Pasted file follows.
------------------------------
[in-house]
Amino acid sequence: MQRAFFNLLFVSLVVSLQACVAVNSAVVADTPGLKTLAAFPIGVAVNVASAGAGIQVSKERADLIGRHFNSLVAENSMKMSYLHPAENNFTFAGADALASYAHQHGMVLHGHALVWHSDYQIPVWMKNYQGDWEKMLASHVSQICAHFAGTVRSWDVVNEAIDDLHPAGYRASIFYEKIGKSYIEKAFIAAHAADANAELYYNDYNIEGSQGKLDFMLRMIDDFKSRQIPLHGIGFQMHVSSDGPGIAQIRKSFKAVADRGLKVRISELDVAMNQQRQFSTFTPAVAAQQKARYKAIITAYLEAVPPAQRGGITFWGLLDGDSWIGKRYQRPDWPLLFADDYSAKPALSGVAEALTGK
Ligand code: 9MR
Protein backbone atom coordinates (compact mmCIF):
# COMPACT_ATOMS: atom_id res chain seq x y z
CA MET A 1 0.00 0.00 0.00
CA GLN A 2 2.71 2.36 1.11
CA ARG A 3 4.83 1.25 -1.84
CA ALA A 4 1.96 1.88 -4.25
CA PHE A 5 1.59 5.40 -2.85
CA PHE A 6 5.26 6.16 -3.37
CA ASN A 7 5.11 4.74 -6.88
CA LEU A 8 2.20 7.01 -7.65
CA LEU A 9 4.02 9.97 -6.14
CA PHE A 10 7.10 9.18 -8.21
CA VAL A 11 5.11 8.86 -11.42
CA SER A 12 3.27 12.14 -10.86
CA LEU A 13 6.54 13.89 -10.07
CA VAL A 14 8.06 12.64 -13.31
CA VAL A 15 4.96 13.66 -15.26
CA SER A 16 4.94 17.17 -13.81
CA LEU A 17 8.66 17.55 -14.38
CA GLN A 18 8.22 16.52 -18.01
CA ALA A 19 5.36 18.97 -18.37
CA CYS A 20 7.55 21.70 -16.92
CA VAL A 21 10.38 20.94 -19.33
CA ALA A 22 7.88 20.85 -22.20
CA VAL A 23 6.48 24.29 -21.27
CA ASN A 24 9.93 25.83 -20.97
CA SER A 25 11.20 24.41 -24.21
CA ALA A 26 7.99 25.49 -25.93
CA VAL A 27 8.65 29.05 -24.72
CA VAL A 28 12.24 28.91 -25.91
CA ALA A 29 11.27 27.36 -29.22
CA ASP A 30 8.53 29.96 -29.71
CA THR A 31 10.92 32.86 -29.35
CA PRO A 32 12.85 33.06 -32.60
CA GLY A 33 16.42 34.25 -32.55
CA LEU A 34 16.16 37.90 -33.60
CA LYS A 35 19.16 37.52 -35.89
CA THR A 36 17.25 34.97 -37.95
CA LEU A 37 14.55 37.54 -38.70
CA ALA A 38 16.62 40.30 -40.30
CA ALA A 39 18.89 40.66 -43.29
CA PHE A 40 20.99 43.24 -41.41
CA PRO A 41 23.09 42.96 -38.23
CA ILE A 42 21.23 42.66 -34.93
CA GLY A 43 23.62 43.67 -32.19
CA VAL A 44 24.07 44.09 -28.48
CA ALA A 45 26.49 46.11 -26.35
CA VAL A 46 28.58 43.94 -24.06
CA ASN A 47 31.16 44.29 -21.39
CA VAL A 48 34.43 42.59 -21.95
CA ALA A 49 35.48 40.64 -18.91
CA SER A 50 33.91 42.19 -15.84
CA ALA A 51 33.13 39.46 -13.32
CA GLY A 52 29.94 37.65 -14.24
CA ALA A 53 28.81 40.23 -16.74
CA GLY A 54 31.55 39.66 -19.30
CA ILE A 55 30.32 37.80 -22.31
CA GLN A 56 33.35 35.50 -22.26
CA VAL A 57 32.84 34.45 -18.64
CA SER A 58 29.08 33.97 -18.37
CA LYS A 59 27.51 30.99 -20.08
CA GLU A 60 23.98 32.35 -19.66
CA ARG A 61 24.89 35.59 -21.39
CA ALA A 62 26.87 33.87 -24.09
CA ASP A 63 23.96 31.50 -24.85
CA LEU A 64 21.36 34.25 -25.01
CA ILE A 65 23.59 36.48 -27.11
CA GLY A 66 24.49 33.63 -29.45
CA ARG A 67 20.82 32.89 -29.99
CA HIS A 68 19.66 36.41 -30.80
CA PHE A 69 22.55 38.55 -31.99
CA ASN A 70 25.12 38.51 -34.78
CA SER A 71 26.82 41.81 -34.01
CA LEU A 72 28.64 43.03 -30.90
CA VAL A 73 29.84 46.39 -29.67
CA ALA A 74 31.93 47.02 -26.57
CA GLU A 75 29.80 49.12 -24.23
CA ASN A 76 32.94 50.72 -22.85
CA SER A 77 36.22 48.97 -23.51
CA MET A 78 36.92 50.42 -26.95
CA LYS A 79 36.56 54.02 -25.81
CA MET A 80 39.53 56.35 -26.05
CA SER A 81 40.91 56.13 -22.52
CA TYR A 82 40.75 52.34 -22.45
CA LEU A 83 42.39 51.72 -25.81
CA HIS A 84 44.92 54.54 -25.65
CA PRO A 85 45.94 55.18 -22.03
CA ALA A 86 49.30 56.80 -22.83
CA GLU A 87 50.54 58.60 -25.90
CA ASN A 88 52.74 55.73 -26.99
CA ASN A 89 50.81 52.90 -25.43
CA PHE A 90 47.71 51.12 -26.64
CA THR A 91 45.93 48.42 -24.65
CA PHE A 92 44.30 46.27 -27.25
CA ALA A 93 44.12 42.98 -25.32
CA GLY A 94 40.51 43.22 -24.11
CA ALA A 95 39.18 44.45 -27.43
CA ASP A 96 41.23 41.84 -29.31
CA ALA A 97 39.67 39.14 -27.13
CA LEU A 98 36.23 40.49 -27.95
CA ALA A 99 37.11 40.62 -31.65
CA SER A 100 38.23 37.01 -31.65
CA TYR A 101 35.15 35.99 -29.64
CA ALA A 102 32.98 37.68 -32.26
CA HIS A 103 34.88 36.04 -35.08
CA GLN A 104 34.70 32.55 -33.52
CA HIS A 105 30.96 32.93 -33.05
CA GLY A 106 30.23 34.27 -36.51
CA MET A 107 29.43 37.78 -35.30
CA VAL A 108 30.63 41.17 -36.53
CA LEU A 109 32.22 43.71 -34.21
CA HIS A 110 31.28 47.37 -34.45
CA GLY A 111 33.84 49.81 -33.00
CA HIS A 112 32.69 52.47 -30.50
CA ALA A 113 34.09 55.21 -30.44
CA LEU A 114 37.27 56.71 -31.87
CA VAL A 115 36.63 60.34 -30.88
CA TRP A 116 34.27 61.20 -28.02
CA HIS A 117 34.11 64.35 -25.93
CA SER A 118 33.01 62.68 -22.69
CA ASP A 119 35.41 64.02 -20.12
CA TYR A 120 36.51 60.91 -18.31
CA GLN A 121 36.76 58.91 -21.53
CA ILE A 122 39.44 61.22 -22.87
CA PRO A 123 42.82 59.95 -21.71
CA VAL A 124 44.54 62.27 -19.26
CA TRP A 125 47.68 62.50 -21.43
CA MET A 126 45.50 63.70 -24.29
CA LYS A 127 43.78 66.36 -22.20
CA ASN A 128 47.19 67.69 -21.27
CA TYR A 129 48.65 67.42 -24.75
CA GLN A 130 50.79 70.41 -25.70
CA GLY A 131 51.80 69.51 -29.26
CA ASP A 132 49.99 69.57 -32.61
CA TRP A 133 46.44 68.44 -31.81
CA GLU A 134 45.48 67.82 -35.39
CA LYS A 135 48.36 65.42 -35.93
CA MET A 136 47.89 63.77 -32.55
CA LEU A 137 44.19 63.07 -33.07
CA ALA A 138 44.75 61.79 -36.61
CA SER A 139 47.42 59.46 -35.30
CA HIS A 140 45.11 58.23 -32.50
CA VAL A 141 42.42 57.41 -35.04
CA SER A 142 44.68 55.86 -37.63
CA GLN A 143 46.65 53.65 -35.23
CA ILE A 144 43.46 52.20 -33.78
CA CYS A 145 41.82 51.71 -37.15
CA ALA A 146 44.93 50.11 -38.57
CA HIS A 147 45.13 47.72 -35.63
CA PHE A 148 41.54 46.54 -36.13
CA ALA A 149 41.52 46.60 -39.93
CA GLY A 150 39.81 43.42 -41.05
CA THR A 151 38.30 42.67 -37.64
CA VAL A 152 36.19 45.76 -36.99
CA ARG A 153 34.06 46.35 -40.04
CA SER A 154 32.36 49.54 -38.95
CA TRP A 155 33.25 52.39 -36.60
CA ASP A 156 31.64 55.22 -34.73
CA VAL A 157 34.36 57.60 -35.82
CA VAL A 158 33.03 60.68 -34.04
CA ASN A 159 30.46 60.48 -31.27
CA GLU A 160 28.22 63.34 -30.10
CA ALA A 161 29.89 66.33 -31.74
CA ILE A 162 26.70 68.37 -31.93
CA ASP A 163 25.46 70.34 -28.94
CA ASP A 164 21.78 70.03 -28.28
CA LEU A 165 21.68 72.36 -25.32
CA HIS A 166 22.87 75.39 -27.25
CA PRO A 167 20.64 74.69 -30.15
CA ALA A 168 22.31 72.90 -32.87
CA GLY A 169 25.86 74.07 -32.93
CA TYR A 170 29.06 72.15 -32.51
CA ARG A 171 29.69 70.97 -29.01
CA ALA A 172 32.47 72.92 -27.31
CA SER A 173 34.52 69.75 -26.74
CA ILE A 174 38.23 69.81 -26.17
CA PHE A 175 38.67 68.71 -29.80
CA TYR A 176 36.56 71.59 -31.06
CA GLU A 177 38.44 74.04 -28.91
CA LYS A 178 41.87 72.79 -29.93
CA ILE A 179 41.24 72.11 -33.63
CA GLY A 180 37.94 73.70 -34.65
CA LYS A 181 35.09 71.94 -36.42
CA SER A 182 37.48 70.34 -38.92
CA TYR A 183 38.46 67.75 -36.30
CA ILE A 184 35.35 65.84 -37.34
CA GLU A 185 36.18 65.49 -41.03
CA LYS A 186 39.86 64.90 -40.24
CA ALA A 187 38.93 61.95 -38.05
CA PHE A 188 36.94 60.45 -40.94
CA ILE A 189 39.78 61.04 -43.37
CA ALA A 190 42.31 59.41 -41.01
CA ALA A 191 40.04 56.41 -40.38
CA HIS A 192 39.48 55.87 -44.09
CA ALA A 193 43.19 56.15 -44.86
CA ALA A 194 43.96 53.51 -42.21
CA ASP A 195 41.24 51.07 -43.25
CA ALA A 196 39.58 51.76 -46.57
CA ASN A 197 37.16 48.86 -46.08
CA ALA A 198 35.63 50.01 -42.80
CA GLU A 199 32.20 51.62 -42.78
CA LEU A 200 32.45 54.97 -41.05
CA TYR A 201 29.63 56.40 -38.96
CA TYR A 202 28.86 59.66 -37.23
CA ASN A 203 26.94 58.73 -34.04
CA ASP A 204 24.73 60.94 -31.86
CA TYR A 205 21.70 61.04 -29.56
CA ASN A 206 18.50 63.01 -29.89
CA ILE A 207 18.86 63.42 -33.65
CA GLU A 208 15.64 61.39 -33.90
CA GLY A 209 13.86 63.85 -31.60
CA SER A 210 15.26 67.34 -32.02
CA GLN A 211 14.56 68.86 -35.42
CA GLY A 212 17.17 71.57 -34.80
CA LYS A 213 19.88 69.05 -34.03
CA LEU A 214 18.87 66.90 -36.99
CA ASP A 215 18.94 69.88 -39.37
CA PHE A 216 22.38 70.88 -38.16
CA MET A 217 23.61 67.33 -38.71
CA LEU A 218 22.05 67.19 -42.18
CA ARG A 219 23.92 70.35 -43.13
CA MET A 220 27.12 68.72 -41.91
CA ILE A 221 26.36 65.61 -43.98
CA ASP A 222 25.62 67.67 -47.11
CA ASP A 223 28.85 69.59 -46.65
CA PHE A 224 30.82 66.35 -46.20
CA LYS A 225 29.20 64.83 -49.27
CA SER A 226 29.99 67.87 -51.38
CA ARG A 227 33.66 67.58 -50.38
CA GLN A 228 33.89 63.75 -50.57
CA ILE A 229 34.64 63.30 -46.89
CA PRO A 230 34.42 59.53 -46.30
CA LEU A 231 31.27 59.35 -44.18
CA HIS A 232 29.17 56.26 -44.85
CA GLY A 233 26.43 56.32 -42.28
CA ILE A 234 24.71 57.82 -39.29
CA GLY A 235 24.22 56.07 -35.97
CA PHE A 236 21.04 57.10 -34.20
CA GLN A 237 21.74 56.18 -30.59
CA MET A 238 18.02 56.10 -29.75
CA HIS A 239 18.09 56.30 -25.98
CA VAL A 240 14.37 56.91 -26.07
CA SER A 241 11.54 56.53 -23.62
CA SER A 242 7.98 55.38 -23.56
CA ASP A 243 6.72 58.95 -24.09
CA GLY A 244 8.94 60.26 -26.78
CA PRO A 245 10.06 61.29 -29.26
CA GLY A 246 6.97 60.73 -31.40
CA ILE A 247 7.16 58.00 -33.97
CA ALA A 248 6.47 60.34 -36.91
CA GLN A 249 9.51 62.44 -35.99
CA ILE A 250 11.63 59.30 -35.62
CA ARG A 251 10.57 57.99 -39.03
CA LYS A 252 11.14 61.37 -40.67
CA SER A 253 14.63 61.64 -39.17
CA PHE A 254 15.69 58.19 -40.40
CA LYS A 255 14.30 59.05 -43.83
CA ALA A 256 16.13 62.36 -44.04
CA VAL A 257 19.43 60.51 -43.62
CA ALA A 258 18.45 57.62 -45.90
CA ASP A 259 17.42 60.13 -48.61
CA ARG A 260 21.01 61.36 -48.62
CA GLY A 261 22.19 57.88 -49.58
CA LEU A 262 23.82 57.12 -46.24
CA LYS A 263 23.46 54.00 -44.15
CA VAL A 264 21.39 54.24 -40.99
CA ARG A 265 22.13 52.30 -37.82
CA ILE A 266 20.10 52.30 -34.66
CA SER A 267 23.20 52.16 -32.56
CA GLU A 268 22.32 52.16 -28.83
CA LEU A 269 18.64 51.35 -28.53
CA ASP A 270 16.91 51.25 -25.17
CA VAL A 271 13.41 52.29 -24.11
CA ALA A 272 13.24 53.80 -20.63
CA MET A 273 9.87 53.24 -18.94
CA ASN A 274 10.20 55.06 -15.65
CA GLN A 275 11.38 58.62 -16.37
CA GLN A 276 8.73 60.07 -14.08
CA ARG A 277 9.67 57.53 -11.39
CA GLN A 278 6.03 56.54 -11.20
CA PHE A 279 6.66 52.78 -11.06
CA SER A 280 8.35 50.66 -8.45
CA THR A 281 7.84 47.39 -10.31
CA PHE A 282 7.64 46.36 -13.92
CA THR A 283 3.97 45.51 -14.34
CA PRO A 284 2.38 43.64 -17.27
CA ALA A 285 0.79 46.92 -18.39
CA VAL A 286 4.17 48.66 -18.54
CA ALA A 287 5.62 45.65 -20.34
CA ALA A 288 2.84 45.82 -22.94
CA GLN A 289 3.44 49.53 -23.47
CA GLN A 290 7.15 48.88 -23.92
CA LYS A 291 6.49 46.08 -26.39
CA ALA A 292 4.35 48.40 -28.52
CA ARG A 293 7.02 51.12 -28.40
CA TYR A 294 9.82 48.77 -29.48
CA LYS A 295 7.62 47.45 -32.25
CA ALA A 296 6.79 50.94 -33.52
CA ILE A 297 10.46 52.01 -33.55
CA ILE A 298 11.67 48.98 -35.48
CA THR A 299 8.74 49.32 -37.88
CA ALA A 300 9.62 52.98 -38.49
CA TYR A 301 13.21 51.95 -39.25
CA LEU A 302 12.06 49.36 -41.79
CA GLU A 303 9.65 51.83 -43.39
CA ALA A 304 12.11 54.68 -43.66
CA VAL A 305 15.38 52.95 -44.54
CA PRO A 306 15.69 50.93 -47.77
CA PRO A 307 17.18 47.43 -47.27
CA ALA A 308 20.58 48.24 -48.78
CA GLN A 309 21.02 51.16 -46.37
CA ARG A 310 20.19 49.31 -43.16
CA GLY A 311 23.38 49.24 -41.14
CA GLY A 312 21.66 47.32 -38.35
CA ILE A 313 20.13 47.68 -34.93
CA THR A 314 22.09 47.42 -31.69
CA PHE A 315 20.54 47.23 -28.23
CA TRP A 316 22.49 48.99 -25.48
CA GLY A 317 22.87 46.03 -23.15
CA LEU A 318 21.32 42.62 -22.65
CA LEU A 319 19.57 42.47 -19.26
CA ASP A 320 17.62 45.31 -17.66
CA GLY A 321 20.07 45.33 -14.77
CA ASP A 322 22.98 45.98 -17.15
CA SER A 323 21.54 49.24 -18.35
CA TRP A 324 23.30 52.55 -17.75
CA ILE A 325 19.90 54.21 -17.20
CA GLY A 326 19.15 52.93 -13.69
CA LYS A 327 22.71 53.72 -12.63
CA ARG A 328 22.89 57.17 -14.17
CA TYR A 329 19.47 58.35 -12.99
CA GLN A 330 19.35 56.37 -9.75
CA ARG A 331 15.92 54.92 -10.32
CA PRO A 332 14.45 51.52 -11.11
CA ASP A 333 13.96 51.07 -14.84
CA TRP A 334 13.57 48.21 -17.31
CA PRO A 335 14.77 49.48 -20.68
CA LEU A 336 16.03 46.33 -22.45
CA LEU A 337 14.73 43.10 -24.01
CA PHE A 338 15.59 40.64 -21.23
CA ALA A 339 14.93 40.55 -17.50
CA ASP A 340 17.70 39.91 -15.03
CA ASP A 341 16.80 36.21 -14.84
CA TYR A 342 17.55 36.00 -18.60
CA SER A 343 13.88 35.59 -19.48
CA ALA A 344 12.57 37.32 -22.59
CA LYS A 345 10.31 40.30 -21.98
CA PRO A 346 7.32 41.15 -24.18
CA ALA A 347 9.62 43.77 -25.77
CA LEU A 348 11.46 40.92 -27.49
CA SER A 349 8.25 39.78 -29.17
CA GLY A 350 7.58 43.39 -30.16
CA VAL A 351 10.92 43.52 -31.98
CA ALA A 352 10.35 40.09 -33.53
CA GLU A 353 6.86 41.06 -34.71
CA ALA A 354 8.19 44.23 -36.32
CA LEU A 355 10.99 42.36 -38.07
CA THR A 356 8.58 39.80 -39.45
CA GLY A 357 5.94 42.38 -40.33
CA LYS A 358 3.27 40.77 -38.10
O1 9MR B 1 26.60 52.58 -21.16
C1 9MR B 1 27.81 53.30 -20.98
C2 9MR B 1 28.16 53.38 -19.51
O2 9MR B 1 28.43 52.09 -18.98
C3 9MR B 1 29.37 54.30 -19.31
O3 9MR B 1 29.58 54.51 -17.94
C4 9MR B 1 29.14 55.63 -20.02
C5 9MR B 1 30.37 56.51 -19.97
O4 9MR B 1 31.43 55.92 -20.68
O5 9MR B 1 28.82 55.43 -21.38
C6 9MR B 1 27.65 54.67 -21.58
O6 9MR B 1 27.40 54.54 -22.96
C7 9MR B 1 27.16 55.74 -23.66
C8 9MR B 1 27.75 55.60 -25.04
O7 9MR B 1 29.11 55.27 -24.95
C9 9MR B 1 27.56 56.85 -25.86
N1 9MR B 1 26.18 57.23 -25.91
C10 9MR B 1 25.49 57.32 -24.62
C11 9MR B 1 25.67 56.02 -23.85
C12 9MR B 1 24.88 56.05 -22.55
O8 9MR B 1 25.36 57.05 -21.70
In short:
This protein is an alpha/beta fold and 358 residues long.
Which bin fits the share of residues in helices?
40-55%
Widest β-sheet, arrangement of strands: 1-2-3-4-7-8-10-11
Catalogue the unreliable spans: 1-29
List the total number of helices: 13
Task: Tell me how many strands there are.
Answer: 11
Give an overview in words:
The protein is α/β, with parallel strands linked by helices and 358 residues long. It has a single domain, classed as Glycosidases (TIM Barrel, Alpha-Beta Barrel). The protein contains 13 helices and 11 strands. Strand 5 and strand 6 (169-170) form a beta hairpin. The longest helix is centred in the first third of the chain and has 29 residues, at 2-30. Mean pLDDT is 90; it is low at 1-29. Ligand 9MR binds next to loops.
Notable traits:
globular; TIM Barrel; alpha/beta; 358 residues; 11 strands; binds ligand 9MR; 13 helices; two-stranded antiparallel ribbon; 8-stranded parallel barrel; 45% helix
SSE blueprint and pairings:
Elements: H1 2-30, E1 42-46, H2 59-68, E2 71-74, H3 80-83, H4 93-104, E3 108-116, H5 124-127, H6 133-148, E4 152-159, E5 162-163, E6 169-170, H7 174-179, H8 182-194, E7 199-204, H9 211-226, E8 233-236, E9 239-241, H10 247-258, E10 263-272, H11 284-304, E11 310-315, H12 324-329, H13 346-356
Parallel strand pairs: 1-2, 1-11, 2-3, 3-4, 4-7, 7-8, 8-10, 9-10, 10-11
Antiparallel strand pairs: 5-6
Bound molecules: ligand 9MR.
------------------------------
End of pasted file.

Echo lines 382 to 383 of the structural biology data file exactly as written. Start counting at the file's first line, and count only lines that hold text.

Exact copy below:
C11 9MR B 1 25.67 56.02 -23.85
C12 9MR B 1 24.88 56.05 -22.55